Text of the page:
Driving Tips For Low Winter Sun Conditions

Driving Tips For Low Winter Sun Conditions

Winter is a dangerous time to drive for many reasons. Snow and ice can make roads slippery and unsafe, but did you know that low winter sun can be just as dangerous?

During winter, the sun doesn’t rise quite as high as it does in the summer. This low winter sun can cause glare when driving, due to the angle it which it hits your windshield. This glare can temporarily blind drivers and make it impossible to see the road ahead.

For those who live in northern latitudes (such as the UK and Ireland), this phenomenon is worse. In Ireland alone, it is estimated that low winter sun is a contributing factor in about four accident-related deaths each year. In the UK, roughly 3,000 accidents are caused by the sun’s glare each year. Most of these accidents occur in the winter.

Luckily, there are steps you can take to make driving in low winter sun safer for yourself and those on the road around you. Check out our top tips on how to say goodbye to the glare...

Clean your windshield

A dirty windshield can make glare worse. Light coming in through your windshield refracts off any dirt or smudges on the glass, making it harder to see. Use a glass cleaner and a soft microfibre cloth to clean the inside of your windshield which will help to reduce glare. Make sure your cleaner is designed specifically for glass or windshields, otherwise it may leave streaks that will intensify glare.

Replace old wiper blades

Having a clean windshield won’t do much good if your wiper blades aren’t working. Low winter sun is especially dangerous when it’s raining or snowing. Wiper blades that leave streaks or don’t work effectively can make the sun’s glare worse.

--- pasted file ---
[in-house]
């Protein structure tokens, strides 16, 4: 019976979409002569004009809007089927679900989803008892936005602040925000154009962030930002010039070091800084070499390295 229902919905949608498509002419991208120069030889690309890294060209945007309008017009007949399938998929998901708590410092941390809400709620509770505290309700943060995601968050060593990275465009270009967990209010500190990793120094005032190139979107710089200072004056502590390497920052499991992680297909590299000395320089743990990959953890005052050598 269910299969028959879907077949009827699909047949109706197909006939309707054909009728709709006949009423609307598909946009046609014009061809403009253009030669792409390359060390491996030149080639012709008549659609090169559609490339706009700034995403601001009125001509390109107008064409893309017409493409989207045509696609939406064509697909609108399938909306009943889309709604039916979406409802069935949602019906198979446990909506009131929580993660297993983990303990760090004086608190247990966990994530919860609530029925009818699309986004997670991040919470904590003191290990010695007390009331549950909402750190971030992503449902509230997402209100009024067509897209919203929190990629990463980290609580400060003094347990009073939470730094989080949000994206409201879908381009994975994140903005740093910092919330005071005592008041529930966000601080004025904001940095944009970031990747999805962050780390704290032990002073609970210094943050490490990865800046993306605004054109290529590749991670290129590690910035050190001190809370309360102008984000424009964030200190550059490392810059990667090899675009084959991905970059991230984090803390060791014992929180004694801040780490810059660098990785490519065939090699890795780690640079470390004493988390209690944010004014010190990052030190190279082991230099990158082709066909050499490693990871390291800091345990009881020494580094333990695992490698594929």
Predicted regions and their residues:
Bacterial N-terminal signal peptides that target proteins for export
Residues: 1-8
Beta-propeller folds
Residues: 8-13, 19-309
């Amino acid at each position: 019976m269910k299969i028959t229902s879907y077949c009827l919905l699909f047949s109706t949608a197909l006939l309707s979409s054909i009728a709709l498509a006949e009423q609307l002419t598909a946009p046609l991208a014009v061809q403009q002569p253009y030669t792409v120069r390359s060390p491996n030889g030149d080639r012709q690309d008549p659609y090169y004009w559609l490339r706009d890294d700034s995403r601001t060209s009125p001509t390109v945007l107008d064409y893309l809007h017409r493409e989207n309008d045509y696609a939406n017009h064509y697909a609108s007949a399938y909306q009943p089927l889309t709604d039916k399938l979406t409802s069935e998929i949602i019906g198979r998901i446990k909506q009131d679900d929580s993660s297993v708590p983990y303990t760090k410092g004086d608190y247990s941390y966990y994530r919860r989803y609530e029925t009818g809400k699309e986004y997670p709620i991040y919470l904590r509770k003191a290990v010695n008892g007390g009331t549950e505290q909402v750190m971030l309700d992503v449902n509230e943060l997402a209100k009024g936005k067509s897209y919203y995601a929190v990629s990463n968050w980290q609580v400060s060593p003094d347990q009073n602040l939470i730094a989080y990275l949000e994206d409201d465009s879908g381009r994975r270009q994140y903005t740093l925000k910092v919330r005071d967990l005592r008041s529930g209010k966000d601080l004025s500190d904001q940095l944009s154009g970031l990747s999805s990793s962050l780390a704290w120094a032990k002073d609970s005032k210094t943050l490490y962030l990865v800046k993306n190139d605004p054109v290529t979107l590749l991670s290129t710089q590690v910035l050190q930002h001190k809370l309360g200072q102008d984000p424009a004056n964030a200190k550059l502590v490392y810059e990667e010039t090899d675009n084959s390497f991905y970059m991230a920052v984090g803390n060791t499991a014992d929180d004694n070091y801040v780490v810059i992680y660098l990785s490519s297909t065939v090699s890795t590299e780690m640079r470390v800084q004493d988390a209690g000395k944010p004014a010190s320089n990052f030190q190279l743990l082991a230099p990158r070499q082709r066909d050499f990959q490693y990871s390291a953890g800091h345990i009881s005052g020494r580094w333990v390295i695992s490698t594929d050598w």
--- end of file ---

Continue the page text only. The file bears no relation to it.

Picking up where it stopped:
Slow down

If you’re having a hard time seeing the road ahead, you may need to slow down. Driving at a lower speed gives you more time to react to obstacles ahead, such as other vehicles or pedestrians. With glare from the low winter sun, you might not see these obstacles until they’re right in front of you.

Be aware of pedestrians

In most of the fatalities caused by low winter sun, the victim was a pedestrian. Drivers blinded by low winter sun might not see pedestrians until it’s too late. When the sun is low or the glare on your windshield is intense, it’s more important than ever to look out for pedestrians. Keep your eyes on the road and be aware of your surroundings. Again, it's also worth keeping your speed down so you've got enough time to react to potential hazards.

Wear sunglasses

A good pair of sunglasses can help significantly with blocking out the glare of low winter sun. Look for polarized shades, which are coated with a thin film designed to reduce glare. Not only will polarized sunglasses reduce the sun’s glare, they’ll also protect your eyes from the harmful effects of the sun. Keep a spare pair in your glove compartment and you'll always be prepared.

Use Your Visor

Your car’s visor isn’t just for sunny summer months. Put your visor down during the winter to help combat glare from low winter sun. It won’t always work, since your visor can only block the sun’s light from a certain angle, but using it can help shield your eyes from the glare of low winter sun.

Choose a new route

Low winter sun is worse on some roads than others. Roads with lots of tall buildings or trees that block sunlight are safer if you’re trying to avoid glare. In contrast, roads surrounded by wide open spaces are more dangerous since there’s nothing to block the sun. You may also want to avoid areas where certain objects, like tall glass buildings or bodies of water, reflect the sun’s light.

Drive with caution

Even if you follow all of these tips for staying safe while driving in low winter sun, other drivers may not be so careful. Be aware of vehicles around you. Leave extra space between your car and those ahead of or behind you when possible. If you break suddenly and the driver behind you is blinded by the sun, you might get rear-ended. Remember, too, that even when the sun is behind you, it might be causing glare for oncoming traffic. Be extra cautious when turning in front of oncoming traffic, and stay aware of the sun’s position.


Glare is impossible to avoid, but if you prepare yourself and your car, you'll have the best chance of staying safe. Don't forget - stay safe during night time driving in the winter by upgrading your headlight bulbs.

Shop our range of car bulbs here.